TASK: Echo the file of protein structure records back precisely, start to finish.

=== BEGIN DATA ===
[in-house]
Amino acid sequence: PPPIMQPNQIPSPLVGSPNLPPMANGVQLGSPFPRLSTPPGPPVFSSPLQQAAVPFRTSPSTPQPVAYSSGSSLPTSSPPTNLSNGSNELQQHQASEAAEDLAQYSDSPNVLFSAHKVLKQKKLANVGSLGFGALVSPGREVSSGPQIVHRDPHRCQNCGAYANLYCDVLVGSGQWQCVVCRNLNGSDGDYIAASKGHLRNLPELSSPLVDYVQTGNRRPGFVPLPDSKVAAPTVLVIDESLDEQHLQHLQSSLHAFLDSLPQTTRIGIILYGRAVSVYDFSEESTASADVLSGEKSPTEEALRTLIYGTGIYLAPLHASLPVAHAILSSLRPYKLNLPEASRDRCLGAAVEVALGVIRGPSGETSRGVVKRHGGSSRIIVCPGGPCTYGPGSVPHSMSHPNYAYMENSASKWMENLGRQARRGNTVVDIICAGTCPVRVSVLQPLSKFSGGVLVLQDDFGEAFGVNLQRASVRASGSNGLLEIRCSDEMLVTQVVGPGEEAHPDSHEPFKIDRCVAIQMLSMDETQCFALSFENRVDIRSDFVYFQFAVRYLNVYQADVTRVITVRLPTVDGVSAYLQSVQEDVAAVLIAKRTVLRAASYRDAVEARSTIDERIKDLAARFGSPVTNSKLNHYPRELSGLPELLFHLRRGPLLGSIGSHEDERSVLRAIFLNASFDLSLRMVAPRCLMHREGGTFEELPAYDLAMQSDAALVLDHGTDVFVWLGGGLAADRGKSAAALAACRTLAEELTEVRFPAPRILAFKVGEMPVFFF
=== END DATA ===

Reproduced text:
[in-house]
Amino acid sequence: PPPIMQPNQIPSPLVGSPNLPPMANGVQLGSPFPRLSTPPGPPVFSSPLQQAAVPFRTSPSTPQPVAYSSGSSLPTSSPPTNLSNGSNELQQHQASEAAEDLAQYSDSPNVLFSAHKVLKQKKLANVGSLGFGALVSPGREVSSGPQIVHRDPHRCQNCGAYANLYCDVLVGSGQWQCVVCRNLNGSDGDYIAASKGHLRNLPELSSPLVDYVQTGNRRPGFVPLPDSKVAAPTVLVIDESLDEQHLQHLQSSLHAFLDSLPQTTRIGIILYGRAVSVYDFSEESTASADVLSGEKSPTEEALRTLIYGTGIYLAPLHASLPVAHAILSSLRPYKLNLPEASRDRCLGAAVEVALGVIRGPSGETSRGVVKRHGGSSRIIVCPGGPCTYGPGSVPHSMSHPNYAYMENSASKWMENLGRQARRGNTVVDIICAGTCPVRVSVLQPLSKFSGGVLVLQDDFGEAFGVNLQRASVRASGSNGLLEIRCSDEMLVTQVVGPGEEAHPDSHEPFKIDRCVAIQMLSMDETQCFALSFENRVDIRSDFVYFQFAVRYLNVYQADVTRVITVRLPTVDGVSAYLQSVQEDVAAVLIAKRTVLRAASYRDAVEARSTIDERIKDLAARFGSPVTNSKLNHYPRELSGLPELLFHLRRGPLLGSIGSHEDERSVLRAIFLNASFDLSLRMVAPRCLMHREGGTFEELPAYDLAMQSDAALVLDHGTDVFVWLGGGLAADRGKSAAALAACRTLAEELTEVRFPAPRILAFKVGEMPVFFF